Diabetic retinopathy is one of the leading causes of visual loss and blindness.
50 % of Type 2 diabetics
Patho physiology of diabetic retinopathy
Diabetes is a disease characterized by chronic hyperglycemia (abnormal levels in blood sugar). This hyperglycemia causes chronic inflammation of the retinal capillaries that results in their occlusion.
Widespread capillary occlusion leads to retinal ischemia due to insufficiency of blood supply in the retina.
Retinal ischemia, when advanced can lead to retina neovascularization (formation of abnormal vessels within the retina and vitreous). These neovessels are the cause of haemorrhage, retinal detachment or even neovascular glaucoma. These are dramatic complications and finaly they can cause blindness.
Diabetes can also affect the macula (the center of the retina). The macula is the area of the retina that can see a clear image and it is committed to central vision. At the macular level, diabetes can lead to an abnormal accumulation of fluid, which is called macular edema. Macular edema is the cause of vision loss.
For a long time, diabetic retinopathy is asymptomatic. This is why it is essential for all diabetic patients to have their fundus periodically examined.
The diagnosis of diabetic retinopathy is usually based on fundus examination. Other examinations may be necessary to evaluate the severity of diabetic retinopathy such as OCT (optical coherence tomography), angiography or even OCT angiography.
OCT is today essential for the diagnosis of diabetic macular edema.
Diabetic retinopathy is classified into different stages:
- Non proliferative diabetic retinopathy (NPDR): Mild, moderate or severe stage. Characterized by various degree of microaneurysms, haemorrhages and dilated and tortuous veins.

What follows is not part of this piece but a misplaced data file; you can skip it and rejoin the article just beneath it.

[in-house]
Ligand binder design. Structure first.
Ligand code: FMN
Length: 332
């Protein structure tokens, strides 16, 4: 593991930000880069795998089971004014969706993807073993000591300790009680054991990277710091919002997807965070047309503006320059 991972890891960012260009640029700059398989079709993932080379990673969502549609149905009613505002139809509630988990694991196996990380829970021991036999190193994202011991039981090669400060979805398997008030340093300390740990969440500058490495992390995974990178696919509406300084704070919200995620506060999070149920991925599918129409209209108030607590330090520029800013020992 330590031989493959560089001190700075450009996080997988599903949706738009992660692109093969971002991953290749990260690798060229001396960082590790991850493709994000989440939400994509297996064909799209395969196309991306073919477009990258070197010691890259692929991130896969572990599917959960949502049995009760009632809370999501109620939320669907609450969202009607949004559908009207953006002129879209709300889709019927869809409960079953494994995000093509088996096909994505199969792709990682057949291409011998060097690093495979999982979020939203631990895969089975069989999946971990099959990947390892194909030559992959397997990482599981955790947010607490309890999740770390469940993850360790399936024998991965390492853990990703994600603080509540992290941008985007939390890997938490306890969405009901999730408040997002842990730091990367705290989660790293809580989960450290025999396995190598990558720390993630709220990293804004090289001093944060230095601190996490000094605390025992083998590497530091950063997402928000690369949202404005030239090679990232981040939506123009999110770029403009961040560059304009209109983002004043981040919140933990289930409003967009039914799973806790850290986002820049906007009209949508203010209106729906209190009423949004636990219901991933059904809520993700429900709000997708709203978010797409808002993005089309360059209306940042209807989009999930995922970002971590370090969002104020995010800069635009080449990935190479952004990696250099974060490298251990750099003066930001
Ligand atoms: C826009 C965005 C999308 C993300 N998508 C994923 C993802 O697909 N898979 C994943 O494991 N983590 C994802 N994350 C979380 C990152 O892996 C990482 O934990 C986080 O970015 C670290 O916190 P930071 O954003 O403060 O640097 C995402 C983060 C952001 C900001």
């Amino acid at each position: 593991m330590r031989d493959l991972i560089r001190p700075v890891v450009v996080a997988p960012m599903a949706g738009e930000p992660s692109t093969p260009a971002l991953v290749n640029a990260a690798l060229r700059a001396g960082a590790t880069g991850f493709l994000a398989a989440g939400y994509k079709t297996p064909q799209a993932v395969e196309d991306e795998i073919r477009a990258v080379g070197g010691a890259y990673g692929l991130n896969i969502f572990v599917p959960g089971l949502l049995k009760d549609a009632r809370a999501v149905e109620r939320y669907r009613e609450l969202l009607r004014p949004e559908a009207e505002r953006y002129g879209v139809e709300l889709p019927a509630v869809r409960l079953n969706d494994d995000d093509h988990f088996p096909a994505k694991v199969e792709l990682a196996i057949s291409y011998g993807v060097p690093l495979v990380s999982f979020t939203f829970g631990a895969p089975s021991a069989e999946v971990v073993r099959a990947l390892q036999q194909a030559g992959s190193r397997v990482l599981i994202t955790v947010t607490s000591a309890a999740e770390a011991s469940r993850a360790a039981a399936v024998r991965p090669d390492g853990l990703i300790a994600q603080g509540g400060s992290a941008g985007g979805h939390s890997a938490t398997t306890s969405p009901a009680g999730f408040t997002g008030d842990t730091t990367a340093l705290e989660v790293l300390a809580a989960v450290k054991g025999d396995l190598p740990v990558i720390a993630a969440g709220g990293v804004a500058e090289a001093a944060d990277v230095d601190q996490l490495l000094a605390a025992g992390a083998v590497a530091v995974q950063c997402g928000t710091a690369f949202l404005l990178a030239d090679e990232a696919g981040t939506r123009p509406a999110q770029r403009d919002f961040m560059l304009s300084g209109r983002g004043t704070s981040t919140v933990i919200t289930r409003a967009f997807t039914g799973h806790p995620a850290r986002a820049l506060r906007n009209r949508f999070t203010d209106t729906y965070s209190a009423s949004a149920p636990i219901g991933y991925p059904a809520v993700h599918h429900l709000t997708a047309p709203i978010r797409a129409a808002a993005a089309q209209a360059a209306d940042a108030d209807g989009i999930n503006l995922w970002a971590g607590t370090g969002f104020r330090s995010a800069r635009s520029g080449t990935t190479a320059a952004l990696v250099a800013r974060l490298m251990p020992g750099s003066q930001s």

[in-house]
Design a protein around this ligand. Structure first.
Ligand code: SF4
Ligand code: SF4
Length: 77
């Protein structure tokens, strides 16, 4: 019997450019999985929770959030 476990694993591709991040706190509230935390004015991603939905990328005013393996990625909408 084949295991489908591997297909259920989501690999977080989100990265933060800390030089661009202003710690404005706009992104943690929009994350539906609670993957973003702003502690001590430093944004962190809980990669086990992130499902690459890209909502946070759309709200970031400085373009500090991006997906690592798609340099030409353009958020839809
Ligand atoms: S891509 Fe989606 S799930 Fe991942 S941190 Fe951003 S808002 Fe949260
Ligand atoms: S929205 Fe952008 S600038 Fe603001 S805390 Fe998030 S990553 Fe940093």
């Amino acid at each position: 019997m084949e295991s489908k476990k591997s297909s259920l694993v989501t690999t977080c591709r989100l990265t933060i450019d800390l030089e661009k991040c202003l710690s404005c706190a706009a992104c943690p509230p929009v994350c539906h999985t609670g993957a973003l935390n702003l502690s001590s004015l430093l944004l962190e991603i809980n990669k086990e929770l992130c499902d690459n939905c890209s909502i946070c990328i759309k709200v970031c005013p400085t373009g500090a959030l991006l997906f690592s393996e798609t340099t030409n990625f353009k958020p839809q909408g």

- Proliferative diabetic retinopathy (PDR): presence of vitreo-retinal neovascularisation.
- Diabetic ophthalmopathy: neovascular glaucoma, tractional retinal detachment, vitreous haemorrhage.
A strict balance of glycaemic levels and of blood pressure are essential to avoid worsening of retinopathy and is beneficial in reducing disease progression rate.
- Laser treatment (pan retinal photocoagulation) is a preventive treatment in case of severe non proliferative diabetic retinopathy or proliferative retinopathy. The goal is to induce regression of existing neovascular tissue by burning ischemic retinal area. Several sessions are necessary in accordancewith the severity of the disease.
- A surgical treatment (vitrectomy) is indicated in case of intra-vitreous bleeding or in case of retinal detachment.
Regarding macular edema , intravitreal injections of corticosteroids or anti-VEGF are now the standard of care.
You can make an appointment with one of the Ophthalmologists of the department who provide specific care dedicated to this pathology: